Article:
projective technique


Also found in: Dictionary, Thesaurus, Encyclopedia, Wikipedia.

projective technique

Any of several forms of psychological assessment or evaluation. The subject's comments about the results or products of ambiguous activities and tasks that encourage self-expression are evaluated and interpreted to determine indications of his unconscious needs, thoughts, or concerns.
See also: technique
References in periodicals archive ?
376), and projective techniques such as sand tray therapy are "more adaptable to diverse client populations than pencil and paper inventories, and they can access the kinesthetic energy and movement within a client's world missed by verbal interviews" (p.
In doing so it has also responded to Rook's (1985) call for increased research attention to consumption symbolism through projective techniques. Our study intercepted consumers during a particular shopping activity and then engaged them in a TAT.(3) From this approach we were able to gather some penetrating insights about a particular retail experience (self-gifts) that was relevant to a broad target group (women, 20-50 years of age).
Moreover, the expressions and illustrations generated from the projective techniques were also thematically analyzed with the aid of qualitative content analysis accompanied by the two-staged thematic approach (Soane et al., 2012).
Second, we use projective techniques as an input to psychological analysis of what is driving the brand equity.
This expression of emotion is an integral component of counseling and includes interventions with writing, drawing, poetry, projective techniques, and dream work.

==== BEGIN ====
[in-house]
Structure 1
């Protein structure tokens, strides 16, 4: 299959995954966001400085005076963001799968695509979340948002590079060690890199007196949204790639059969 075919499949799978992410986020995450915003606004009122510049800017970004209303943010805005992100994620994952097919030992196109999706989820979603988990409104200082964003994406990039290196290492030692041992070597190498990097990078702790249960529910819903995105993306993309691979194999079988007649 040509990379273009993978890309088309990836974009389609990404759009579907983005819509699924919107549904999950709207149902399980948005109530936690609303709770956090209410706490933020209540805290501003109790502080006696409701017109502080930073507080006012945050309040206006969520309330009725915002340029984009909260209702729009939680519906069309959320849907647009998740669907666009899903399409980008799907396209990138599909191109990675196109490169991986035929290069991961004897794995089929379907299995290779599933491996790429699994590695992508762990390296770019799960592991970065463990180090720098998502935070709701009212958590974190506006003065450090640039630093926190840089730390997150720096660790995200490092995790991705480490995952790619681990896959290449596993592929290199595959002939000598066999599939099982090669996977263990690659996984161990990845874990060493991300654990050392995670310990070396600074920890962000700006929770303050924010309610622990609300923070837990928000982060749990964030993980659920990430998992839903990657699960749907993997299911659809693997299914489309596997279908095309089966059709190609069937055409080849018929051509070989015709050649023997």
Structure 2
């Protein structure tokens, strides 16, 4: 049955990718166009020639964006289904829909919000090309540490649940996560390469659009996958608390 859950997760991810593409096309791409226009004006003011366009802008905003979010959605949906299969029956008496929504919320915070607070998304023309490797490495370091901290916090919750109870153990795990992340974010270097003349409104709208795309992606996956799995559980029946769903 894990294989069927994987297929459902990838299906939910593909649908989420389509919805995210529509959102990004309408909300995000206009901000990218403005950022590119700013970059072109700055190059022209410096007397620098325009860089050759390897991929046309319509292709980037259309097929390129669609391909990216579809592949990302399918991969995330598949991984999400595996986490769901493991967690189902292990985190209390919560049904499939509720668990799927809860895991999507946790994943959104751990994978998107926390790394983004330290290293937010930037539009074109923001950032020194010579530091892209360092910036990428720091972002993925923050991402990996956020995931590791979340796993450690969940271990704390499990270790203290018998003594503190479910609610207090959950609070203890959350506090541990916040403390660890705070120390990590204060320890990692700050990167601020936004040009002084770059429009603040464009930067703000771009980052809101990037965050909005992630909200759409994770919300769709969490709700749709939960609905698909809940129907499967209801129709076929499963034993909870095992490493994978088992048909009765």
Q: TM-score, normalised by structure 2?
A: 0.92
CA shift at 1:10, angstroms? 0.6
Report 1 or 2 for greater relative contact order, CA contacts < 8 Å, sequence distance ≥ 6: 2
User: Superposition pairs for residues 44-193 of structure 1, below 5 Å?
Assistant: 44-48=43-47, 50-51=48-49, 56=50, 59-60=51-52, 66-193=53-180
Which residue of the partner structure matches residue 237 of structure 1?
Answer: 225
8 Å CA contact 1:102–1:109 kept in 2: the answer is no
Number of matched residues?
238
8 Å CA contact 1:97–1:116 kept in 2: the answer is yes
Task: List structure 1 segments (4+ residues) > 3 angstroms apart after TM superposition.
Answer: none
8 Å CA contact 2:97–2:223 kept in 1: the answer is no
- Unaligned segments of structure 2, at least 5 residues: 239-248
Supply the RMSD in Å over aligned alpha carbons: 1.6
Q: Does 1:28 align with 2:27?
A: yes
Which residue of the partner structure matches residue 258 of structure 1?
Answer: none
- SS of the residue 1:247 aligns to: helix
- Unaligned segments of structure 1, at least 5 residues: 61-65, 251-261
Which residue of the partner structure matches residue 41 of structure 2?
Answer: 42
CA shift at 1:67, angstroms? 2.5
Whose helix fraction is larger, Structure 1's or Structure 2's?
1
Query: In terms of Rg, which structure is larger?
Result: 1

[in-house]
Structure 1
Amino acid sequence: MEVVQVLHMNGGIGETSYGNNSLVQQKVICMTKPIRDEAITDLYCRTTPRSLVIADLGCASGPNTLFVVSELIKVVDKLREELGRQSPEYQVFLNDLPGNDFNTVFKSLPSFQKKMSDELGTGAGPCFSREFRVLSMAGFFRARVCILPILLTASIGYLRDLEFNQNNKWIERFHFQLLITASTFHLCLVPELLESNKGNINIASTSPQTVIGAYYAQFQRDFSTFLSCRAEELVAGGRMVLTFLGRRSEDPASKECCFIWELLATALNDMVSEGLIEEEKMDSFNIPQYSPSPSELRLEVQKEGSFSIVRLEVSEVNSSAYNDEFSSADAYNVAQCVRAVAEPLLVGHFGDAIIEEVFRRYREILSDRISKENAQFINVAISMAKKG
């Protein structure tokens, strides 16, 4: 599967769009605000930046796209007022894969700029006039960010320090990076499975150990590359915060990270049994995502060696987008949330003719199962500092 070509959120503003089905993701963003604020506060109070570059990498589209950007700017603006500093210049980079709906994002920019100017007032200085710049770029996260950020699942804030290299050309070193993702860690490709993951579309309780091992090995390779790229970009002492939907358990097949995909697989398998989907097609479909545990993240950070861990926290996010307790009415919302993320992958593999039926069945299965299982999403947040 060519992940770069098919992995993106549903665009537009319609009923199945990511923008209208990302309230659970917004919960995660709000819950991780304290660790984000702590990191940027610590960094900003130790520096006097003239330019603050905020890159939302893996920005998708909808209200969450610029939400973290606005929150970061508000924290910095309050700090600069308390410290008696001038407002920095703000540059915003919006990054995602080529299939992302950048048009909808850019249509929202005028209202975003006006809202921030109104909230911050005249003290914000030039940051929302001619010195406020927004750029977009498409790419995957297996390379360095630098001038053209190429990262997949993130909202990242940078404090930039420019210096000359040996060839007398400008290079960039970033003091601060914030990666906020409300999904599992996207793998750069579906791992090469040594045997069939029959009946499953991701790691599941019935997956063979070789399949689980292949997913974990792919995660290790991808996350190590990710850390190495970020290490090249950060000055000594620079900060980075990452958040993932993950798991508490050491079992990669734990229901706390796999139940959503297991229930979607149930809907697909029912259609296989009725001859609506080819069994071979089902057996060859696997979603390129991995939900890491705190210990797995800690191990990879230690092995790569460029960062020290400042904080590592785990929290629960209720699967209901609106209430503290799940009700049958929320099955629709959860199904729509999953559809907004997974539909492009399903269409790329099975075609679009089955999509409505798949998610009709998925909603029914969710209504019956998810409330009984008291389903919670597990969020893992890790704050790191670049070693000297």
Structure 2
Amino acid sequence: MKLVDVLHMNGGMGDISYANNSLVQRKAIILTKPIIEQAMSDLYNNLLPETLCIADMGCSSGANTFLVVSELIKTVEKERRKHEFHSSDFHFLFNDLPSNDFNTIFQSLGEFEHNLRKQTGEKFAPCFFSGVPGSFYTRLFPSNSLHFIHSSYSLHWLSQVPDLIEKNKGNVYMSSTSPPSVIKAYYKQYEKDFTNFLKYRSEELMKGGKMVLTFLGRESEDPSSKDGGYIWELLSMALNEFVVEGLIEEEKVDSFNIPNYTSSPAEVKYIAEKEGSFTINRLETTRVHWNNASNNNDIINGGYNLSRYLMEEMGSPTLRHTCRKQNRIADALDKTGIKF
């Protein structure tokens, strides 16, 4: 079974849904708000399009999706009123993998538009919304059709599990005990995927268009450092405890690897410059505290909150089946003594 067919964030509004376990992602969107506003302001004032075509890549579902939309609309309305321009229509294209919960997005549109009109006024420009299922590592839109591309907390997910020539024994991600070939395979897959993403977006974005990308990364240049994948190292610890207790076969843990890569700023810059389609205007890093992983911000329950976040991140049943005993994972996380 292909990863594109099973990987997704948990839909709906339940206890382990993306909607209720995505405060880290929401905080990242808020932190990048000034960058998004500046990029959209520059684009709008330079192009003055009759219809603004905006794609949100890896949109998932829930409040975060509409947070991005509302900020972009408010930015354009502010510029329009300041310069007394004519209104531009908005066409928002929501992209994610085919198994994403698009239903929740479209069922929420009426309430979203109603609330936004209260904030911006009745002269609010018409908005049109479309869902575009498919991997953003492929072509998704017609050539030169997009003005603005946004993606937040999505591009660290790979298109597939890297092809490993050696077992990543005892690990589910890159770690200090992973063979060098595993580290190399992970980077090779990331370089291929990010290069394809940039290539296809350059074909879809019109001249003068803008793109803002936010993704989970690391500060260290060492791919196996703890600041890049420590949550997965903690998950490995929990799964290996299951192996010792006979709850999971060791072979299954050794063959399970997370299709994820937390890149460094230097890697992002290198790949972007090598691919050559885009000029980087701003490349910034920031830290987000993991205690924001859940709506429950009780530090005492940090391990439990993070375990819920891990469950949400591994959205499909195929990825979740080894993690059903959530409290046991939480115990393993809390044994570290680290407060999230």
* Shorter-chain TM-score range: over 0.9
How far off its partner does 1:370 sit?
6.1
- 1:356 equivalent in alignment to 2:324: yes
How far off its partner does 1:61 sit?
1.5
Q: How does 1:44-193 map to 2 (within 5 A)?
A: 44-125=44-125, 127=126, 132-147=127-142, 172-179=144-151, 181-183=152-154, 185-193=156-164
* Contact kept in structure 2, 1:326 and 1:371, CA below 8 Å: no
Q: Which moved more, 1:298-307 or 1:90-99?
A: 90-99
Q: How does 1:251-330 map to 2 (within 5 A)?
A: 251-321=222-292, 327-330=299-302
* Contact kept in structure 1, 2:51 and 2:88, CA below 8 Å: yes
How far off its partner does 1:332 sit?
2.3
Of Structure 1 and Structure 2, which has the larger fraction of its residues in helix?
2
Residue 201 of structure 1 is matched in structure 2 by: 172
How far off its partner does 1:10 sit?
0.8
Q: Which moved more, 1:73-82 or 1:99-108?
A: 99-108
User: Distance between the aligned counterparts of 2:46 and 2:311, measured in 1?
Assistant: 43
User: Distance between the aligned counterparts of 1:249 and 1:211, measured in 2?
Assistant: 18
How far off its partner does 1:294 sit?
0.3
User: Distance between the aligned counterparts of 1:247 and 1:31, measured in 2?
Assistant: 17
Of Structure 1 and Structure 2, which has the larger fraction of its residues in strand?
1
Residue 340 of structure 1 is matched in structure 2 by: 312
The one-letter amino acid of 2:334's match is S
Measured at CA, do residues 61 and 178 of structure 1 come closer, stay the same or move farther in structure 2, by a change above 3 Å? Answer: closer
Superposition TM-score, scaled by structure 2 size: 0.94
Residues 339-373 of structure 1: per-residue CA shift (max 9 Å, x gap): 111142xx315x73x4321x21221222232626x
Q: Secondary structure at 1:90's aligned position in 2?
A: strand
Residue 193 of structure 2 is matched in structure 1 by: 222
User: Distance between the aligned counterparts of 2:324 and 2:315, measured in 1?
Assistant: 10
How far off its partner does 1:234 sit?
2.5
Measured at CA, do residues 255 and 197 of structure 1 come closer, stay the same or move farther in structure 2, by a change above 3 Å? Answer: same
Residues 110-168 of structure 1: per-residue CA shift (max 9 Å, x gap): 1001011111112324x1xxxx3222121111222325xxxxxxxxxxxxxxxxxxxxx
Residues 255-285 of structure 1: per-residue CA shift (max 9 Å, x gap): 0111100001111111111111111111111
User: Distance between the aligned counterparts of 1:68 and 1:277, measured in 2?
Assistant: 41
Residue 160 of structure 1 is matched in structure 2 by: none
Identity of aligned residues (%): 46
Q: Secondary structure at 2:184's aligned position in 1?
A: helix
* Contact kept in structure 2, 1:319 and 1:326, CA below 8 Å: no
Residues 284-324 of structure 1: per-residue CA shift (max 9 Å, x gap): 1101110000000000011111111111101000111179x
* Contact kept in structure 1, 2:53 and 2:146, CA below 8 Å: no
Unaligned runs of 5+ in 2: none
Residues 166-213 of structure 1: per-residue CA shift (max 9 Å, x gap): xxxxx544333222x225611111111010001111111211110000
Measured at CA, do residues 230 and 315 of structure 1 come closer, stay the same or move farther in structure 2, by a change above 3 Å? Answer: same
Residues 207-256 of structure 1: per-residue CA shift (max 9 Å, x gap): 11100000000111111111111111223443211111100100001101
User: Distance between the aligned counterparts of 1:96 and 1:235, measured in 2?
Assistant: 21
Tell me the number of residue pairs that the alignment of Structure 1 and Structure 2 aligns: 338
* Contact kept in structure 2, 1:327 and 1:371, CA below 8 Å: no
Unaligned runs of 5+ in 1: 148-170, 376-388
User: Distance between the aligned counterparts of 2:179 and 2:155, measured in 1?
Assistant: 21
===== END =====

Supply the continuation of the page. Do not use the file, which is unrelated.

The experiential therapies, especially Gestalt, utilize projective techniques other than the specialized projection of transference.
Projective techniques have been a common tool used in consumer research over recent years.
When we make use of other and more indirect measures of brand associations, such as visual and projective techniques (to be described below), we increase the probability of detecting hidden associations, but at the same time increase the risk of evoking irrelevant associations.
The premise of this book is not new, since Freud identified projective techniques as "a process of ascribing one's own drives, feelings and sentiments to other people or to the outside world" in 1896.
The brand promise must be executed, leveraging the brand and leveraging that particular advantage using projective techniques to perfect the rapport with all audiences.
Projective techniques can play an important role in motivational research.
In qualitative research much depends on the respondent "co-operating fully" with what may seem to be an unusual and demanding type of interview - especially relatively unstructured interviews and those which include requests to participate in potentially embarrassing exercises (projective techniques).